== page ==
Last night I found myself serendipitously reading a Victorian ghost story. How good was it? Good enough that I read it on-screen in Project Gutenberg ASCII for about 4 hours.
J.H. Riddell was a genuine Victorian literary figure who was popular in her time and was part-owner of one of the leading literary magazines. (J.H. Riddell for VP!) Spoonful by spoonful, like a good simmering stew, the plot thickens: the unhappy marriage, the sudden death, the house, the unattainable love… All reviewed beneath skeptical eyebrows by a likeable young lawyer whose firm has the thankless task of letting and re-letting the chronically disinhabited house.
If I had a publishing house, I would snap this up and revive it with a gorgeous longhand edition. It’s not a book that changes my life, but my toes wriggle at the real Victorian voice, written in 1875 with accurate details of gaslights, charwomen, and social correctness. It’s not so wordy as Dickens or so starkly grand as Jane Eyre, but in this slim, fast-paced volume is all we need to know about up-and-coming London. I can see the carefully dressed Mrs. Riddell at her writing desk producing a manuscript of impeccable penmanship.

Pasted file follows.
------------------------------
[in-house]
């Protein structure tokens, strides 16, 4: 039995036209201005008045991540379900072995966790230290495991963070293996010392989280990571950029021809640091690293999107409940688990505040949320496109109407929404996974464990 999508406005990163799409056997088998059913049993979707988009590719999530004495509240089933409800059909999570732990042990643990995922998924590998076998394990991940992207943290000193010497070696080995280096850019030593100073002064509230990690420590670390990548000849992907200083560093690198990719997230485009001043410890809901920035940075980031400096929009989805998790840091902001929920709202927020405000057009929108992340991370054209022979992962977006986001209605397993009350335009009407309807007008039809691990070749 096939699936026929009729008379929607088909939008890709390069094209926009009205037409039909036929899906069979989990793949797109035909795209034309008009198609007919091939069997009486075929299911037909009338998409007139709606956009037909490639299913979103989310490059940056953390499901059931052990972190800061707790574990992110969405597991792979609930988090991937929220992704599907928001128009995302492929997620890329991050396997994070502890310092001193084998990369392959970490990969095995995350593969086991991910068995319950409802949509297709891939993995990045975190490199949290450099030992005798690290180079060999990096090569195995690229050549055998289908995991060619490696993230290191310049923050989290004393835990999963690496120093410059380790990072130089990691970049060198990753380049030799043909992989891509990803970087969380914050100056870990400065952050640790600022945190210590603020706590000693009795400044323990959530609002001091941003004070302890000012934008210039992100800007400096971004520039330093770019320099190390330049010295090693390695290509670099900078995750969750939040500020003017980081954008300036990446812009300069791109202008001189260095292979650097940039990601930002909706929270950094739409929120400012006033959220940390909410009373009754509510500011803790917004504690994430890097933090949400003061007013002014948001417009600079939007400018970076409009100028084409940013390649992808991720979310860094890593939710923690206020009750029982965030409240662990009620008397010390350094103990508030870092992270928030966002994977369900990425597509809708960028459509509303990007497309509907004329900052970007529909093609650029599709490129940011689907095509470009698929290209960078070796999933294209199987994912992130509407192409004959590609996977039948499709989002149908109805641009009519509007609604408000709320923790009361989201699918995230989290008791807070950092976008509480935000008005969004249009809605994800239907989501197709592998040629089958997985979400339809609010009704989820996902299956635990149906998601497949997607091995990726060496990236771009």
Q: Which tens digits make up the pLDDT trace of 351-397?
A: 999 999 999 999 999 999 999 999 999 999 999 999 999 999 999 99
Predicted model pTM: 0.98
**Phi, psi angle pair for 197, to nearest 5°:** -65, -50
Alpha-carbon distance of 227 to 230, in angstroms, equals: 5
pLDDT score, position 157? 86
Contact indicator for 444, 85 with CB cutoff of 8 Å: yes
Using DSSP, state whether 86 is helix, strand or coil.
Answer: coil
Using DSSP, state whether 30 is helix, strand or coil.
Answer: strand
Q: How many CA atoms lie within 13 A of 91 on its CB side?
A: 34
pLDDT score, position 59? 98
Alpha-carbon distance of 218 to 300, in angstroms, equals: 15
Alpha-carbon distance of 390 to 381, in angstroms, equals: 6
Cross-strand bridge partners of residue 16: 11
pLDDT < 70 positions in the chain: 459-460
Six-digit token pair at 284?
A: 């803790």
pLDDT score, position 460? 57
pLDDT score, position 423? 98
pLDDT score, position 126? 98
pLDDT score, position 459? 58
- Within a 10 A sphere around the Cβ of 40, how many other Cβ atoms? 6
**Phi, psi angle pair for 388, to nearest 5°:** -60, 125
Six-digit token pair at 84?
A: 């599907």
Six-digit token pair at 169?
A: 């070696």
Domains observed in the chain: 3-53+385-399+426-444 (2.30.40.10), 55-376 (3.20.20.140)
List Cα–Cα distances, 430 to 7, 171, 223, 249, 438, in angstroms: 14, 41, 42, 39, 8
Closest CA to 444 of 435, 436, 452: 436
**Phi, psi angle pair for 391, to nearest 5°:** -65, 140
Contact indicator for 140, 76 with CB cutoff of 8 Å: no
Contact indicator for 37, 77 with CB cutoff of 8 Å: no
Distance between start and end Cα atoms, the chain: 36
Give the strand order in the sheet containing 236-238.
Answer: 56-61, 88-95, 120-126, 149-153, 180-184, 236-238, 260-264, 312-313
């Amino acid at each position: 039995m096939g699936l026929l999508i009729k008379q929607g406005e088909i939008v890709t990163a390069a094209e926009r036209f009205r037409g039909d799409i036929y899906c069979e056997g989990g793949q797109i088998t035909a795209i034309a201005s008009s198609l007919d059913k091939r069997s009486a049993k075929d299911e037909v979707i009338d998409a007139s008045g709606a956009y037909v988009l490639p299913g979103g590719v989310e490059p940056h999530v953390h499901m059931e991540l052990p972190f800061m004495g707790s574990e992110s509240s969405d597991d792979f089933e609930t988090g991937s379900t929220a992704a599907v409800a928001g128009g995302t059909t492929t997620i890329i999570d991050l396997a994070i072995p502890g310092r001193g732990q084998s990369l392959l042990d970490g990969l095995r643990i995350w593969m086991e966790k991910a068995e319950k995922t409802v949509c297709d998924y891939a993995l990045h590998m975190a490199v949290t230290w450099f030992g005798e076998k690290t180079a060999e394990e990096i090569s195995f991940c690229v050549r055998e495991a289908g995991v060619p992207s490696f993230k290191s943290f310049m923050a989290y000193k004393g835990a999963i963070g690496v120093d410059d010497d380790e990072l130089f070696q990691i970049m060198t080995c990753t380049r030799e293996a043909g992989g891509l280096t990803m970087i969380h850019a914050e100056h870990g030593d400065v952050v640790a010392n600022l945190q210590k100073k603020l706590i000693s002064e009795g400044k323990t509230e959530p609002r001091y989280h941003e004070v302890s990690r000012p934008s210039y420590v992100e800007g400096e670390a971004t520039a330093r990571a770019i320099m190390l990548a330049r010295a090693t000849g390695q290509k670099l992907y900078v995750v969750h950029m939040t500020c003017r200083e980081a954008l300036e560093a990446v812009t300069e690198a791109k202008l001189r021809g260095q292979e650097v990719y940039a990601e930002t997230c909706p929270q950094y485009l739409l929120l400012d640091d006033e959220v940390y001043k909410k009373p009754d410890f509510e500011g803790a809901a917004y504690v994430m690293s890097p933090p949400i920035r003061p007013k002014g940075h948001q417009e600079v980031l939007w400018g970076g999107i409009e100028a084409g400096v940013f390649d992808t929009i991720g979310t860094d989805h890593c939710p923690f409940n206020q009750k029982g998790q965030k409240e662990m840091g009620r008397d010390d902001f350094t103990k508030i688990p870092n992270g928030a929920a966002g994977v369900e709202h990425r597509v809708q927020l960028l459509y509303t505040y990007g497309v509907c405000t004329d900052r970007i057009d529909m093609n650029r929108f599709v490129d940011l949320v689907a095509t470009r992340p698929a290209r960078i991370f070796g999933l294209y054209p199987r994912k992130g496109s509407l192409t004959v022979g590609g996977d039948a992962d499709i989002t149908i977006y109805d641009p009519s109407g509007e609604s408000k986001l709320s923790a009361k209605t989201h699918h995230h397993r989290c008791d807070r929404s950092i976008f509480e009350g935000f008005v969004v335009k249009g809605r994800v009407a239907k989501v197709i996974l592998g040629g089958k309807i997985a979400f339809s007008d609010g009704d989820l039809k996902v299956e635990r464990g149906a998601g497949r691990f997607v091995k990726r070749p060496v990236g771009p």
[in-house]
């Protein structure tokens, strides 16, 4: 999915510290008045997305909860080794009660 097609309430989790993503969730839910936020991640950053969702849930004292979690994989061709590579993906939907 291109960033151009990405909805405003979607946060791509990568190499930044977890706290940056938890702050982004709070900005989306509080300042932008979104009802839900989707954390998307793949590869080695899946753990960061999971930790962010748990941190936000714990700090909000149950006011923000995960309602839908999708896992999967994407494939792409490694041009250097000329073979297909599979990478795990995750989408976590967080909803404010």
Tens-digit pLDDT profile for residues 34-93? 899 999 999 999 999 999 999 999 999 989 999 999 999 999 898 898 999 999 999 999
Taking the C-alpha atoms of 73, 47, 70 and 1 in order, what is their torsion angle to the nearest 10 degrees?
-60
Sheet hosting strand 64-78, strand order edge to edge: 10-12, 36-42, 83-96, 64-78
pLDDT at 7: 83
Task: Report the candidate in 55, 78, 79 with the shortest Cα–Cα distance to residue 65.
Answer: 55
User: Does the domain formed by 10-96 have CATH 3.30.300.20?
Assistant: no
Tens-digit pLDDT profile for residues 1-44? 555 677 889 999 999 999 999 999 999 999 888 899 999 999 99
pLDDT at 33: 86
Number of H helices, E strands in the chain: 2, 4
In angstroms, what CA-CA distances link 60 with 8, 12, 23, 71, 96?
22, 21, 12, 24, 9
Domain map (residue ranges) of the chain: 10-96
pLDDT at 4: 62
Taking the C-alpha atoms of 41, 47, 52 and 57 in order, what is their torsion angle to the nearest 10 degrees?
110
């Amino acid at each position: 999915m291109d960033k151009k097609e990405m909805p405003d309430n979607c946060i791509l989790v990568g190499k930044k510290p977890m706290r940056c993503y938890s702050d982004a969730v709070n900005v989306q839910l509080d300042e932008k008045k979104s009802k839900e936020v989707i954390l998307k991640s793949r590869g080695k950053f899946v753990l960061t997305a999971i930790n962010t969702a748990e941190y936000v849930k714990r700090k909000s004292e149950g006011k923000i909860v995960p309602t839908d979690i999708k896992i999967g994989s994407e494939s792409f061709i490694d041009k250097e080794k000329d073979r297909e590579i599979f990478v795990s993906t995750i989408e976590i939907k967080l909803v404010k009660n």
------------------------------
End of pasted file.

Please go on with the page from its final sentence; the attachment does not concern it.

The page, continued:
Full text is free here.